Andre Cole approached the microphone and related to the Board that there are corporate and other sponsorships that are available to schools to obtain the necessary funds to have libraries.
After residents spoke, BOE President Chris Miller thanked everyone for their input, questions, and recommendations. He added that the decision made was not an easy one but that the statistics in Roselle Park that show the increasing number of families and students who have been classified as economically disadvantaged shows the need to educate as early as possible as many children as possible for their future and the progress of the school district.
BOE member Troy Gerten asked the Superintendent how those in the audience who asked questions and made recommendations would receive responses to their queries. The superintendent, at that time, responded in general terms saying that people’s concerns would be addressed formally. In speaking with Mr. Garrido by phone, the superintendent stated that he is actively speaking with school administrators and staff to see how – if at all – the initial proposal can be adjusted. Once completed, answers will be available for all to see at the district website (link).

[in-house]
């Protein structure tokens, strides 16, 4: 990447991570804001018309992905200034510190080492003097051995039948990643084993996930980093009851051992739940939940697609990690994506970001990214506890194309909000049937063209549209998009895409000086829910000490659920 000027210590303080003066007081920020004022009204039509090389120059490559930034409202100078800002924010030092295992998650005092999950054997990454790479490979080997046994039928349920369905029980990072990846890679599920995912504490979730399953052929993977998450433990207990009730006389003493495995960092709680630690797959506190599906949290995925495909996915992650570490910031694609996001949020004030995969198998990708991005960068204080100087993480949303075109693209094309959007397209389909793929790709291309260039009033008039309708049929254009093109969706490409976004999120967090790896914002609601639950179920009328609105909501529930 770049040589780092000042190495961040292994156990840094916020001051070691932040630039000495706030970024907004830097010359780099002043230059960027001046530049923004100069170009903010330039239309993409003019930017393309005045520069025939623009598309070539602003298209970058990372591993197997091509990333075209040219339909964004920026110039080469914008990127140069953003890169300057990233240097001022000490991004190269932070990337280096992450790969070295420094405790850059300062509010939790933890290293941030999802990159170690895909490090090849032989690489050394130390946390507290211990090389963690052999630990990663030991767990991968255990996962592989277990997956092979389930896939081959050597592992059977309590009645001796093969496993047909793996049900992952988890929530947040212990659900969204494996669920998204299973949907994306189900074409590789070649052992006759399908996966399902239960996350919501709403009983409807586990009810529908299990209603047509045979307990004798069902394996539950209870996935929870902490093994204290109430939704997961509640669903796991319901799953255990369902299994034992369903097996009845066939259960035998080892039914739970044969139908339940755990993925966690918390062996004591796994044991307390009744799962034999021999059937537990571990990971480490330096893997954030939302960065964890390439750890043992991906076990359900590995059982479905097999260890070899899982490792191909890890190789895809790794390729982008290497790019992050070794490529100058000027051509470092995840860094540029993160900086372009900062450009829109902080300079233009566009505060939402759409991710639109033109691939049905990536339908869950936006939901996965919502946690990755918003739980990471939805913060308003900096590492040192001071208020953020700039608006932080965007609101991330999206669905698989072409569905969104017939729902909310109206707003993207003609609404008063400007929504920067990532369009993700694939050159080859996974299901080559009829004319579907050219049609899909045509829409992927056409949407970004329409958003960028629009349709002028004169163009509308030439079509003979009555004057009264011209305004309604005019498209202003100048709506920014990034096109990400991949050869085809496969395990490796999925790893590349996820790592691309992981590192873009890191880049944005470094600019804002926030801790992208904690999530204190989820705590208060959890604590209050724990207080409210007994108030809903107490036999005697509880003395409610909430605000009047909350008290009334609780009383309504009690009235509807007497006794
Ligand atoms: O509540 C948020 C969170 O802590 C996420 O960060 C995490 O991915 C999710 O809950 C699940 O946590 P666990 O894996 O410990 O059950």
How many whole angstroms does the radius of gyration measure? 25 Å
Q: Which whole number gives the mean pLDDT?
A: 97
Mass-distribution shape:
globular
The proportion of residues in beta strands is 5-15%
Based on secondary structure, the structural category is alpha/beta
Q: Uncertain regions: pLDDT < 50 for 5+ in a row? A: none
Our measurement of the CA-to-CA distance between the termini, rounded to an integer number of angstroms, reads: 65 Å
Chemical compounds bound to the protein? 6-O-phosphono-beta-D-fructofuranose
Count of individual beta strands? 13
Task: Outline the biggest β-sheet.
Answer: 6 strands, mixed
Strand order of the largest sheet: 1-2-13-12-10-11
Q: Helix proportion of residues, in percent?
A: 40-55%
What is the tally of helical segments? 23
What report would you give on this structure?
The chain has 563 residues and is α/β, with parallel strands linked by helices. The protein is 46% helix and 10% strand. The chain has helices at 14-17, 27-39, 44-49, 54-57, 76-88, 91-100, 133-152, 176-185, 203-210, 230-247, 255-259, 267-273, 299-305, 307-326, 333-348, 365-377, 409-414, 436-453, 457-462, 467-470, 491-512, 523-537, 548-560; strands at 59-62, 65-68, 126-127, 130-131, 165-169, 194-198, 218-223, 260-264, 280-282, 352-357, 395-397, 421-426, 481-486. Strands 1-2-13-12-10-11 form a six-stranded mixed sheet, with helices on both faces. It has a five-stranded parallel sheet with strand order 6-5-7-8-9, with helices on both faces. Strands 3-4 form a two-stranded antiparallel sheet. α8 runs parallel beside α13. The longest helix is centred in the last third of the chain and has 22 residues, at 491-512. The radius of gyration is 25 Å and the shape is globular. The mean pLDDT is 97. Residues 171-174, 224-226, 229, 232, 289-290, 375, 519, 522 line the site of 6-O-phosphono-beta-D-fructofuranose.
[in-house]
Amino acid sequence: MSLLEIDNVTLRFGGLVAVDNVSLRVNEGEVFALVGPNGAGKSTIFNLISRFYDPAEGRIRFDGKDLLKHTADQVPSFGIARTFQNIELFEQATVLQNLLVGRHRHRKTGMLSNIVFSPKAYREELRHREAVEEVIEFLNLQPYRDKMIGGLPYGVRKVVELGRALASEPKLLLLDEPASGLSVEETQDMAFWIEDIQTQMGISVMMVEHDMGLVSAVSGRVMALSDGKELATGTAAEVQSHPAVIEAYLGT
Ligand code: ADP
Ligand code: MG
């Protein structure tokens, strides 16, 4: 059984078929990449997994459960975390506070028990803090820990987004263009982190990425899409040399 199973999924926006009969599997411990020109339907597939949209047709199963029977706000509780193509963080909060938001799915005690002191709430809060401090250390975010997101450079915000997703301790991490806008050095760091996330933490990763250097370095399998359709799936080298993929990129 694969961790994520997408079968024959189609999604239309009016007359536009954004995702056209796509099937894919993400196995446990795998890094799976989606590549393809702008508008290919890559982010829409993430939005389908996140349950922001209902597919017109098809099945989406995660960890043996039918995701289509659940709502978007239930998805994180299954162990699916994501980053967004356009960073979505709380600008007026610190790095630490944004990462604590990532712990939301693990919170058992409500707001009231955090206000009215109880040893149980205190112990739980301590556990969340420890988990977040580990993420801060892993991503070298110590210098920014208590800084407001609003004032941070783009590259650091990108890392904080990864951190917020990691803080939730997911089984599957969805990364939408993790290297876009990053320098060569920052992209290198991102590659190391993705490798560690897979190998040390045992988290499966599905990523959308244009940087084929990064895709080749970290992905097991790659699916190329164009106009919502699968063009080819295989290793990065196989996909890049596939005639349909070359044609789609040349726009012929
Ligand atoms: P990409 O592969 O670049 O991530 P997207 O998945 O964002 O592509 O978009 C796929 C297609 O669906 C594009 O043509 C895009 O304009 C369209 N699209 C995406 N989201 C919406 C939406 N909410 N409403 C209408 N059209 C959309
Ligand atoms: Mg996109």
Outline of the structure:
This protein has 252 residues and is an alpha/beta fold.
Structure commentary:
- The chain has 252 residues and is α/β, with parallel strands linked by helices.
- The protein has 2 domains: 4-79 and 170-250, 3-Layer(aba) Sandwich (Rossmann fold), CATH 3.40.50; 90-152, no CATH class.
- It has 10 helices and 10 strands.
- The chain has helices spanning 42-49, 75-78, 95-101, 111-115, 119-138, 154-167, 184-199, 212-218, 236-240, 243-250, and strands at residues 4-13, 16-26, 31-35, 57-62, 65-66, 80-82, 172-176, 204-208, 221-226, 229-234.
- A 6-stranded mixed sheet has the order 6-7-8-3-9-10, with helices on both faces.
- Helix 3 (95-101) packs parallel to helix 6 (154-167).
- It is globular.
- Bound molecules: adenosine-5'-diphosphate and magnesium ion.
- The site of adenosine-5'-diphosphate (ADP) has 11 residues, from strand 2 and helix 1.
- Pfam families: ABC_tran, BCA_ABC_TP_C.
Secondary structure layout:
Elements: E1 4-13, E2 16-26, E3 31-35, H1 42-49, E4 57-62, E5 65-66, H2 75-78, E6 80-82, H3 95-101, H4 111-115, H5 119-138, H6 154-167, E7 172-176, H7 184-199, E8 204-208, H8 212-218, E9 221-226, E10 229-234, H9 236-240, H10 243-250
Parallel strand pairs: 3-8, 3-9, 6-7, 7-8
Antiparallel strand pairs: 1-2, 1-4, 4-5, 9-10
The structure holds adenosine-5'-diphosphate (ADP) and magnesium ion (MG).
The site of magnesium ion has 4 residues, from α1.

In researching for this article, school schedules reveal that students at EJF/Aldene School go to the school library once a week, students from the Robert Gordon School attend library once a week, and Sherman School has library for students twice a week with one class being for a book exchange and the other for library skills instruction.
There will be two public meetings held by the BOE on April 22nd and April 29th. The meeting on the 22nd will be a budget presentation and the 29th will be a scheduled BOE meeting. Both meetings will be at the Roselle Park Middle School and open to the public with time allowed for public comment.